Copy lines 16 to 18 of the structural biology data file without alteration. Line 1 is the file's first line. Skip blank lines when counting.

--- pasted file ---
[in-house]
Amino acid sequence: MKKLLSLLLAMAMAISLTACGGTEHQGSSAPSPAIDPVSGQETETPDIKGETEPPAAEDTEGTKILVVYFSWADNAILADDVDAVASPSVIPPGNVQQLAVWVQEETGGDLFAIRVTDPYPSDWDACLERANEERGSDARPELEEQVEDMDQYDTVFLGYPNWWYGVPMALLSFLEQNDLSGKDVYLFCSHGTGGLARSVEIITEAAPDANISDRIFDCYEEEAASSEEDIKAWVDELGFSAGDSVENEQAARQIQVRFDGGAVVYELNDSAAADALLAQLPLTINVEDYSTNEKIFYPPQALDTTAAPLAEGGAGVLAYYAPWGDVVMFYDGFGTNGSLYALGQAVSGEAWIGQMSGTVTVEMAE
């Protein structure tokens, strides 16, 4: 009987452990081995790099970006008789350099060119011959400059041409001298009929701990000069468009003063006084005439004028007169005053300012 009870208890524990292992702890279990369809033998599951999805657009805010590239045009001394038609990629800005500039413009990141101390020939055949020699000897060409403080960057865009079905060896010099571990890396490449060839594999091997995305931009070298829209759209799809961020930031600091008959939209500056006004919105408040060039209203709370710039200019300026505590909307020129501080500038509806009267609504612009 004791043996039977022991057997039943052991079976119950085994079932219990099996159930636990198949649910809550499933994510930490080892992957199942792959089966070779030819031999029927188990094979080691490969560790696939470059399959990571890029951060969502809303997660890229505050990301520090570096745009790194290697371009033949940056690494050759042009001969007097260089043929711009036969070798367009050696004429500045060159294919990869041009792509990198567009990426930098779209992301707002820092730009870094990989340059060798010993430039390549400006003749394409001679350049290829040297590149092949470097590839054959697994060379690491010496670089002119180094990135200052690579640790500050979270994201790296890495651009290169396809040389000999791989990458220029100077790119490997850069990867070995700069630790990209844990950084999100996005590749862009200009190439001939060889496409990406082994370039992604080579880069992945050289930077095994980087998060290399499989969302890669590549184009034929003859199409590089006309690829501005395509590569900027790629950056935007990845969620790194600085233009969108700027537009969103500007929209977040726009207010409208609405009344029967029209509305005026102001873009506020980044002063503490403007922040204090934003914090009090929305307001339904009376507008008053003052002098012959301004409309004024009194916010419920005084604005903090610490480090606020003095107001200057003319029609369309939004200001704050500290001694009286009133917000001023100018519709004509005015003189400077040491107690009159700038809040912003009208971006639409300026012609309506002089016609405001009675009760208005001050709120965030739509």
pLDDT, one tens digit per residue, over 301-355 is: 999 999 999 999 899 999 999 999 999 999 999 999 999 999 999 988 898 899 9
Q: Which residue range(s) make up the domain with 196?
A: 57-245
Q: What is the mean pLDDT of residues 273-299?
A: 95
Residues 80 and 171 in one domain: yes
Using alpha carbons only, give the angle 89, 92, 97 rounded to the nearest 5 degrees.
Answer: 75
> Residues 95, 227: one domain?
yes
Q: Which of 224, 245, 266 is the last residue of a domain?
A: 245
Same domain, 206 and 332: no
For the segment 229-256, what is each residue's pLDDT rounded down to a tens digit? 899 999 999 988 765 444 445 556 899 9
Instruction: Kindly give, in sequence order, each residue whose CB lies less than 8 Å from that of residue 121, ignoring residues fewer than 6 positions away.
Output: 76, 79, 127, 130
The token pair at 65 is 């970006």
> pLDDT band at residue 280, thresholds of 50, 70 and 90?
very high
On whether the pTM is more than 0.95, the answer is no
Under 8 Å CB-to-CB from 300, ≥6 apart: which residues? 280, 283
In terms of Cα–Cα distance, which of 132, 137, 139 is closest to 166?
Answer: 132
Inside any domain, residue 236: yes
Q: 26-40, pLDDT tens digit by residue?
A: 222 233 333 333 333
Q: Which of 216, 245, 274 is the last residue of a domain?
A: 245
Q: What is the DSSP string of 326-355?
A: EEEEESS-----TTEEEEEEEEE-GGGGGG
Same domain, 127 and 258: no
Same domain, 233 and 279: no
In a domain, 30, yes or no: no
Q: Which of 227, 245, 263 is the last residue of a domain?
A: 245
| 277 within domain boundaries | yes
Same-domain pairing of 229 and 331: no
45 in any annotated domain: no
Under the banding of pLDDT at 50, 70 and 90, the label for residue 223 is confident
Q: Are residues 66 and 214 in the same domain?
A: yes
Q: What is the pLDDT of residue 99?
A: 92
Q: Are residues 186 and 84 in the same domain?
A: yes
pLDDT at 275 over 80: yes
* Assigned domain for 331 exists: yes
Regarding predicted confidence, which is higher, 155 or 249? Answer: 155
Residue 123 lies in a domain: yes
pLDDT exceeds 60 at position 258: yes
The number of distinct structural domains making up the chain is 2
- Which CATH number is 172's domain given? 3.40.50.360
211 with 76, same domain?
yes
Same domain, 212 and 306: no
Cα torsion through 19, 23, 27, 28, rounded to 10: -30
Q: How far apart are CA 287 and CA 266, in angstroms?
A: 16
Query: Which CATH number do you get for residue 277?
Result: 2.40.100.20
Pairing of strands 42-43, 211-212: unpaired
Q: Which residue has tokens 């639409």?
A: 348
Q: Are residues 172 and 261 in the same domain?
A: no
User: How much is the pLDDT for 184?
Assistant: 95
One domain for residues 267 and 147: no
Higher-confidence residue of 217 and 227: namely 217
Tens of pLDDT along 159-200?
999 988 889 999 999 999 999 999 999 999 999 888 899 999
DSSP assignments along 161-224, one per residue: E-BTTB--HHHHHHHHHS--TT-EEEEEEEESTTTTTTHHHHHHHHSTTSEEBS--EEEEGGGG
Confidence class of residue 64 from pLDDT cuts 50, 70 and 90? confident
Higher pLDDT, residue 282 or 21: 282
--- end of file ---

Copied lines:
Same domain, 206 and 332: no
For the segment 229-256, what is each residue's pLDDT rounded down to a tens digit? 899 999 999 988 765 444 445 556 899 9
Instruction: Kindly give, in sequence order, each residue whose CB lies less than 8 Å from that of residue 121, ignoring residues fewer than 6 positions away.